Lethbridge Herald, The (Newspaper) - June 18, 1973, Lethbridge, Alberta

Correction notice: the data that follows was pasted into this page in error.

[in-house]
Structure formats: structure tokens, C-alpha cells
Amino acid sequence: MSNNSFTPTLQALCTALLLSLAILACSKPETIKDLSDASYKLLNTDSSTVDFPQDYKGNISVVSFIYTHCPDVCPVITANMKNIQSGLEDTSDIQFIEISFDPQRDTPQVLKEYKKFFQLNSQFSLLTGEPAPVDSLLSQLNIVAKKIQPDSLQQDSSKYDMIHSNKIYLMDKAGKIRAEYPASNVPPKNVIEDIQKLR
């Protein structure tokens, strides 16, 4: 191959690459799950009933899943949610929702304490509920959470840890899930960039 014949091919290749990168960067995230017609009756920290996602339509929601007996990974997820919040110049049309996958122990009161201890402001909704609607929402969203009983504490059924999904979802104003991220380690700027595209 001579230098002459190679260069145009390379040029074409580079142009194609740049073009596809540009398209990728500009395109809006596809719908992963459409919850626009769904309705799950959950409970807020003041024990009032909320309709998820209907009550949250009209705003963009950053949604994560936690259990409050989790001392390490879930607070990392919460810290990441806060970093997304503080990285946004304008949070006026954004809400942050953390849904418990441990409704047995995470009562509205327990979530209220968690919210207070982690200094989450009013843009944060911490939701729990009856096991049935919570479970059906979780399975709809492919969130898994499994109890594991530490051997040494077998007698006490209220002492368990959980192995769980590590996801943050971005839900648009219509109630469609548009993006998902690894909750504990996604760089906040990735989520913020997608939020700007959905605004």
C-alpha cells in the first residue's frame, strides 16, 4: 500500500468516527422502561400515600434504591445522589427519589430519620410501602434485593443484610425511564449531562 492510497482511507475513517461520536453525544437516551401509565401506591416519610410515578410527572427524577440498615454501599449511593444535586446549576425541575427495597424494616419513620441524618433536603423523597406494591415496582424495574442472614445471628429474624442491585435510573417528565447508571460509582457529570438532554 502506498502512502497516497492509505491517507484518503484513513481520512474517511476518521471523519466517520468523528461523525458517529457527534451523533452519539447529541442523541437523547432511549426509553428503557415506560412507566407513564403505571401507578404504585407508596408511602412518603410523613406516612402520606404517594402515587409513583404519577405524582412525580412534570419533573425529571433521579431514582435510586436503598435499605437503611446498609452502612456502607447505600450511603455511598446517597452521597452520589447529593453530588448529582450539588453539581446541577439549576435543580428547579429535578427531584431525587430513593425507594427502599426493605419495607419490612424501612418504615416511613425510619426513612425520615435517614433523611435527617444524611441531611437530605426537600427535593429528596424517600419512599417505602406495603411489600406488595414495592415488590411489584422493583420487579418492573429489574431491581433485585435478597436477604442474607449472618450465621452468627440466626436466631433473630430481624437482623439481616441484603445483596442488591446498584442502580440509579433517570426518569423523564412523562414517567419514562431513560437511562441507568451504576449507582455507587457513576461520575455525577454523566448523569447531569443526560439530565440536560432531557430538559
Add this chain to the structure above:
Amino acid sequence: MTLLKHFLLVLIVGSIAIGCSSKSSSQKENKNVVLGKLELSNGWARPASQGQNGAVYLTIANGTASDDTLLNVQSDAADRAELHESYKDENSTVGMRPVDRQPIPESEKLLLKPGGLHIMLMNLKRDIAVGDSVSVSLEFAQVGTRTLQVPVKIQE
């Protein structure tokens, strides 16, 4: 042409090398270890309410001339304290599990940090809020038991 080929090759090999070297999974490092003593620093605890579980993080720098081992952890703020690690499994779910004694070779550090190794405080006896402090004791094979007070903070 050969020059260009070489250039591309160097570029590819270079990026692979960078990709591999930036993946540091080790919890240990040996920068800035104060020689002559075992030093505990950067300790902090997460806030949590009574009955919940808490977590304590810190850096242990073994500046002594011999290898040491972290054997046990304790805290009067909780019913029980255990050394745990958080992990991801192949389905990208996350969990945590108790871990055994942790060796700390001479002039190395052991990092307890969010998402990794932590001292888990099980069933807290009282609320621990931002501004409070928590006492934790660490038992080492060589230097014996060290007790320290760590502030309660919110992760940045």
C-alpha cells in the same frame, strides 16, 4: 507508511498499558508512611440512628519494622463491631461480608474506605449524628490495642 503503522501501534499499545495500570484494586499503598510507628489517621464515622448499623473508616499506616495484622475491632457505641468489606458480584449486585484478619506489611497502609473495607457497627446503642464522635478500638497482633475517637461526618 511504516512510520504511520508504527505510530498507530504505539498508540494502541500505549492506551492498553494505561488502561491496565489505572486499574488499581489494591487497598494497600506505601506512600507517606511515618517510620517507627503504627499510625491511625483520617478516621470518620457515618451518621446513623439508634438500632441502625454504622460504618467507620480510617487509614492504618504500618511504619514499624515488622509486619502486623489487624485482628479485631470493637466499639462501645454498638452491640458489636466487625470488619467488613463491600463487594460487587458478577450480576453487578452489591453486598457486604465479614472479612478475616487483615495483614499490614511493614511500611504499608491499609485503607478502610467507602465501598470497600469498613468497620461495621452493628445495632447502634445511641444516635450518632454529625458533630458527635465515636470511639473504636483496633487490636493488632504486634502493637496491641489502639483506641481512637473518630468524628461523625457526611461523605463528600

4 THI liTHBRIDGE HttAtD Monday, Junt 18, 1973 Possessions don't determine wealth The new West The 14 western MPs who recently voted against the principles of bi- lingualism in the public service ao not represent the West. They speak onJy for a minority who have not seen the light. Most people in the West probably support the bilingualism policy. Their spokesman is not John Diefenbaker but Doug Roche, Conservative mem- ber for Edrnonton-Strathcona. In the recent debate he said, "The new West and let this be heard clearly across the land supports the Offi- cial Languages Act of 1969. Perhaps it was hard at first to swallow, be- cause of our affinity with so many languages other than French, but the new West knows that it was a federal partnership of English and French which created Canada, and we re- spect the principle that the future of one Canada, depends on the main- tenance of that partnership of equal- ity." Not long ago, when separatism was a stronger force m Quebec than it appears to be today, the need for making the vital institutions of this country more satisfactory to French- speaking Canadians was that of hold- ing the country together. Today the mood is not so much one of desper- ation as of appreciation of the posi- tion of the other major segment of the Canadian nation. In the West where English is over- whelmingly dominant and where French is outranked by such langu- ages as Ukrainian and German the importance of French is not readily recognized. Yet on a national basis French is spoken by 25.7 per cent of the people second to English which is spoken bv 67 per cent, and ahead of Italian which rates third at 2.2 per cent. It might make sense to be indif- ferent to the btudy of French in western Canada if people intended to remain all their days in the West and not ever get involved in cultural, commercial and governmental af- fairs outside Gopher Hollow. But the chances of young people coming into contact with French-speaking Cana- dians through travel or participation in some sphere of activity with a na- tional dimension become greater all the time. Not being able to under- stand French could prove to be both an impoverishment and an embarr- assment. Secretary ot State Hugh Faulkner's urging to beef up French language training should be heeded. Too many people in prison The extensive coverage of the Drum- heller penitentiary by Herald report- er Warren Caragata m last week's Chinook will surprise some readers who have listened only to critics of recent attempts to update the penal system in Canada. It should help to counteract the pressure to retreat to some kind of Neanderthal treatment of violators of the law. Public opinion is not always a good guide; it is often too little informed. Unfortunately it counts with politicians. In this matter oi penal reform there could easily be a mis- taken yielding to cries to get tough, even though there is almost unani- mous agreement among experts in the field that another direction has to be taken. Regrettably, there is substance to the complaint of both prisoners and prison officials that the news media carries a large share of the respon- sibility for encouraging an anti-re- form attitude. The publicity given to dramatic failures does distort the pic- ture. Yet covering success stones which usually evolve rather than happen as is the case with prison breaks, poses some problem for new handlers. Not only that, there is the difficulL and delicate problem of preserving the prn acy of the persons who want to be unhampered by their past. While the news gatherers may thus be somewhat hindered m presenting the whole picture, editorial comment can perhaps redress the balance. The Herald, among other newspapers, has consistently supported penal re- form editorially. The view expressed by the Drumheller staff (views which, incidentally, are shared to some ex- tent by the staff at the Lethbndge Correctional Institution) are heartily endorsed. It is especially important to under- line the opinion'that too many people are being sent to ]ail m Canada. Only the dangerous should be incar- cerated: there are better approaches to take with most offenders. Cutting down on the prison population not only makes economic sense, it is hu- mane Waste of money is bad; waste of human beings is worse. ERIC NICOL Career opportunities A small but enterprising political party based on Canada's beautiful west coast has an opening for a YOUNG, DYNAMIC per- son (man or woman) as leader of The Movement. This exceptional opportunity for the Right Individual has been made possible by the retirement of the former head of the Party and prime minister of Canada's number One province for 20 years (name available on DUTIES: To promote and oversee the correction of political environmental breakdown to the province, with particular emphasis on eliminating pink tide in the Victoria area. The applicant must show willingness expand energy and determination m eradi- cating the outbreak of waffle in B.C. This irvolves recovery of rights and property improperly taken from people who support The Movement and given to people who do not support The Movement, and return ot tbose rights and property to the legal own- ers, upon presentation of identification. EDUCATION. Grade 10 or better is pre- ferable. But opportunity is open to any bright young person who has demonstrated his ability as a messiah. Language requirements: The candi3ate must be able to speak English, with Anglo- Saxon gestures. Persons with a tendency towards bilingualism need not apply, un- less their second language is that of com- municating directly with God. PERSONALITY: The applicant must have an outgoing personality at least as far as the Rockies. A broad and engaging smile is an absolute requisite. (Accompany letter of application with recent dental x-ray and 3 by 10 glossy photo of full front- al exposure of public parts.) The candidate must be a good mixer, particularly with U.S. bankers, but should not smoke, drink, swear or play around with women. To simplify documentation, Xerox your halo. EXPERIENCE: Some previous experi- ence in politics is desireabk, but not es- sential. Preference may be given to the candidate who has been in the hardware business long enough to have become a millionaire. The successful applicant will have it least five years' experience in walking on water. (Walking on water east of bridge is not admissable unless accompan- ied by an affidavit.) Since the position invohes the handling of large sums of money without appear- ing to do so, some theatrical background in sleight-of-hand and conjuring while tell- ing funny stories will improve fee candi- date's chances of success. SALARY: The successful applicant will be expected to pay his own salary, com- mensurate with training and experience, until such time as he is elected prime minister, whereupon he is paid as much as the traffic will bear. Because of the exceptional character of The Movement the successful candidate will, however, receive his main reward in Hea- ven, plus administrative allowances and relocation assistance if needed. Apply in confidence to. Social Credit League of British Colum- bia c o The Horde House Victoria, B C. Impressing the family By Dong Walker Seeing me busy In our yard every- thing we do at our place is visible to the community because of the lack of a fence neighbor Sherry Clark hollered at me to knock it off or I'd be getting the rest of the fellows into trouble. The fact was that I was iust getting my- self out of trouble I have to putter around our domain occasionally as defence against the charge thai all I do is play golf and lay around with a book propped up in front of me. Nobody in our family seems to think I justify my existence unless I'm slaving away moving dirt or keeping the hay cut. Even my literary output is discounted by Paul he --tivs I just copy things out of other papers. By Brace Hutchison, Herald special commentator Despite their many troubles, the people of the United States have always comforted them- selves with the assurance that they were, and would forever remain, the richest people in the world. Now even this old as- sumption is no longer safe. It is questioned, for example, by Henry C. Wallich, the dis- tinguished economic analyst of Newsweek. Only five years ago, he says, the per capita Ameri- can income exceeded that of any other nation by at least a third. But after the various dol- lar devaluations the inter- national gap has been almost, closed. "Sweden, Switzerland, Germany essentially are on a level with the U.S.; France, Holland, Japan and others soon will be." (The others presum- ably include Canadd, although Mr. Wallich does not mention it.) Figures of real income, or purchasing power, in different countries are so complex that no two economists will agree on them but do they matter? In the short run, perhaps, they do not. The average American will never see the figures or under- stand their effect on his daily habits. As Mr. Wallich puts it, "how well a family lives depends much more on where it stands in the income scale of ifs coun- try than on where the country stands in the international rank- ing. A successful man in a rela- tively poor country b'ves better than a less successful one in the richest country in the world.' Small puddles make frogs look big. Whether Mr. Wallich's figures ate accurate or not, the United States obviously is less rich to- day than it supposed yesterday. How could it be otherwise when it has rapidly depleted its raw resources and, with a rapidly- increasing population, must soon feed millions of new stom- achs, house millions of new families, heat the houses and put two cars in millions of new garages? Of course it is poorer, in long-term wealth, as dis- tinguished from short-term con- sumer goods, than it was a few years ago, of which an oil short- age and a devalued currency are the first but not the last re- minders. Even so, do these things mat- ter? Mr. Wallich thinks they do for several reasons that strike me as the least important. When, he says, the American people realize that some foreign living standards are higher than their own they will try, vainly, to keep up with the Joneses abroad. "Our inability to keep will express itself in all and, as things are going, may up kinds of straits and penuries We will demand wage increases bigger than productivity gains permit and inflationary pres- sures will mount. We shall try to raise our standards of con- sumption by cutting down our saving, making growth even slower. We shall resist tax in- creases more tenaciously and so starve the public sector of the funds it needs to deal with poverty, with the environment, education and defence. Our in- ternational role will decline." To be sure, Mr. Wallich adds, the United States could remain the most powerful nation in the world without being the richest, since power depends on a na- tion's total, not per capita, wealth, and its use. Russia, with a relatively low-living standard, is the second power "Poor chap, wiped out defrosted." Russia dealing to cut out China By Dev Murarkn. London Observer commentator MOSCOW As Soviet econ- o m i c ties with the United States, the West European countries and Japan grow, Rus- sian commentators are begin- ning to exult in the relative iso- lation of China. It is certainly something of a triumph of So- viet diplomacy, especially ec- onomic diplomacy, that talk of the dazzling prospect of the Chinese market opening up has become very subdued in inter- national financial circles. The major capitalist countries are turning towards the Soviet Un- ion for making investrnenits, for supplies of industrial raw materials and for selling ma- chinery on a large scale. What happened? According to Soviet commentators the an- swer is very simple. The hoped- for China market was a mar- ket that never was. Of course, they say, the estimates were always far too exaggerated. Thus, after the certainty of diplomatic relations with China, the Japanese press ar- gued that it would open such a big market for Japan that the whole country would have to go on overtime. Even French For- eign Minister Maurice Schu- mann spoke of hopes for sensa- tional orders in the near fu- ture. Neither of these hopes has been fulfilled. This is because a Soviet com- mentator recently argued m the pages of New Times, the growth of China's imports is directly impeded by the limit- ed and unstable basis of its ex- ports, which must be used to help to pay for them. He main- tained that nearly 70 per cent of these consist of agricultural produce. Since the Chinese are not either making or planning big investments in agriculture there is no possibility of any startling growth in export per- formance in the immediate fu- ture and this ensures that China will be able to impoit only on a limited scale. Similarly, say ire Russians, fhe possibility of an increase in industrial exports is also lim- ited. Though the Chinese have launched a crash program for increasing the output of miner- als and are also trying to revive handicrafts, there is an acute power shortage which hampers such growth. The Chinese have not managed to attract any substantial investment in pow- er production, which requires not only investment but time to develop As for the handicrafts, cannot expand very fast and their economic importance is limited anyway. These Soviet arguments ap- pear indirectlv to justify the re- cent economic policies adopted fay Moscow. The Soviet Union is succeeding in attracting large-scale investment for the exploitation of its natural and mineral resources. Substantial investments in agriculture have produced results, even though the achievement in this field remains insecure as the failure of crops last year demonstrat- ed. So the arguments have not only condemned China but also justified Soviet policies which the Chinese claim to reject. Simultaneously, Soviet com- mentators manage to criticize the Western countries for their attitude to China. Calling them Mao Tsetung's new capitalist "friends" they allege that the Mao group and these "friends" have entered into a strange politico-economic relationship. Mr. A. Pamor argues in New Times that the main consider- ation of the capitalist countries is not profit but a desire to harness China to the imperial- ist system and harden Peking's hostility to the Soviet Union. Such commentators appear to be unaware that precisely the same arguments can be used by the Chinese against Soviet contracts to sell the United States oil and gas in return for capital investment. The nub of the matter is that Moscow is afraid that such ec- onomic contacts between Pe- king and the capitalist coun- tries will help China's military build-up, which at present is almost exclusively directed against the Soviet Union. Pa- mor claims, for instance, that between 1966 and 1970 the cap- italist States sold China goods worth million. Of this, million, or roughly 60 per cent, was accounted for by goods intended for military pur- poses. Moreover, he claims, even in the sixties China was able to buy vital materials for its war machine, like the sec- ond hydrogen bomb plant m Paotow, in the Western coun- tries by setting up intermediary companies. Soviet commentat- ors insist that this was done with the knowledge and consent of Western governments while they pretended to maintain an embargo on trade with China. But Moscow believes that the Western ties will help China only to a limited extent unless the policies of Mao are funda- mentally changed. If this does not happen, say the Russians, China will remain an underde- veloped, largely agrarian coun- try, with limited foreign trade potential, for a long time to come. Letter Time to ask why be the first later on. H political and military power does not necessarily require a high living standard it certainly requires a people's will power, an agreed purpose, a common aim. Mr. Wallich (and many foreigners) doubt that the American people still possess, as they once possessed, tnese vital assets. No one can be sure about this, however, because such intangibles are not reck- oned in mathematics, econom- ics or politics. Nevertheless, they will be more decisive fa the end than the so-called living standard, the value of the dollar or any other tangible. The ultimate question, In short, is the contents of the American mind, not the public treasury or the raw resources. No one yet knows these deeper contents, though some pretty deep explorations are under way in a mysterious test area known as Watergate. If no one can tell what the ex- plorers will find, anyone can see that the United States al- ready is m its most wrenching crisis since the Civil War for reasons that economists like Mr. Wallich seldom explain. A crisis of this depth, let us remember, does not stop con- veniently at the 49th parallel of latitude or on the shoreline of two oceans. It spreads every- where, for both economic and non-economic reasons. While it may be patched up with finan- cial sticking plaster, or dis- guised by an inflated currency, it will not be solved until the American people come to terms again, not merely with their physical means, but also with their common purpose and the central aim of their society. The same is true of all so- cieties, not least of the Cana- dian. Anyhow, the grand American reassessment, now in its pre- liminary stage after two cen- turies of experience, is strictly the American people's business, not ours in Canada or else- where, but no foreign people can escape the final result, for better or worse. Watching events across the border, we should not look mainly to the economists and politicians but to the philoso- phers, if any of that old breed survives. One of them, Emerson or Thoreau as I seem to recall, observed long ago the most relevant and neglected fact in all the current any man's wealth must be reck- oned as much by his appetite as by his supply: that he can be rich and content with a moder- ate supply, if his appetite is moderate, or poor and dis- contented with a million dollars if his appetite is never satis- fied; that this happiness de- pends on his state of mind, not his bank account. The great mistake of Ameri- can society, and increasingly o? Canadian society as well, Is to forget that final fact of human life and, trying to keep up with the Joneses at home and abroad, to lose the only race that matters. These are philosophical con- cerns and. as such, do not inter- est the politician or the econo- mist because they make no votes and add nothing visible to the gross national product. But in the end they will decide ev- erything. For too many years I have stood and listened to critical comments made by the audi- ence during the interval of a symphony concert. Now all and sundry appear to be up in arms because someone has had the courage not only to commit these comments to paper but had the audacity to make them public. It appears that while it is alright to make such re- marks privately it is not the tlnng to say them publicly. I believe this kind of thinking could be called hypocrasy. That the remarks were acid and cause for discomfort can- not be denied, but neither can their validity. As to the argu- ment that these people are am- atuers, they are also supposed- ly sane, rational, adult, human beings who make the decision rightly or wrongly to ap- pear in public. There are also other amateur groups who per- form in Lethbridge who turn out a polished and profession- al performance. These perform- ances could be compared to many professional performanc- es I have seen. The decline in attendance for the symphony concerts in itself is indicative of the standard of perform- ance. Of course, the argument of the performers receiving no payment will be put forward and this again cannot be dis- puted; but let us remember that the public pay for their seats whether the participants receive payment or not and therefore the public is right to demand a performance of some standing. In conclusion the excuse that a group is amateur has too long been used. The fact the symphony concert is not as popular as it should be speaks for itself. I feel it is about time the question "why" was asked and something done to rectify these matters. The alternative is that the symphony concert will disappear for want of sup- port and I truly do not want that to happen. 1972 by NEA, Inc. CAROL BATE "Will everyone kindly get a hold of himself? This is a dincton' meeting, not on 'encounter group'." The Lethbrid0e Herald _____ 8W 7th St. S., Lethbridge, Alberta LETHBRIDGE HERALD CO. LTD., Proprietors and Published 1905 1954, by Hon. W. A. BUCHANAN Second CIlM Mall Registration No 0012 mbtr Tht Canadian Frist and the Canadian Dally Ntwtpapir AlMctaflon and Audit Bureau of CLIO w MOWERS, Editor and Publiuw THOMAS H. ADAMS, Gtntral Managtr POM PILLIKa WILLIAM MAY Managing Editor Associate Editor ROY F MILES DOUGLAS K. WALKIft MwrtttMg Maixaar Pagt MttAU) IMVifi 1ME SOUTH"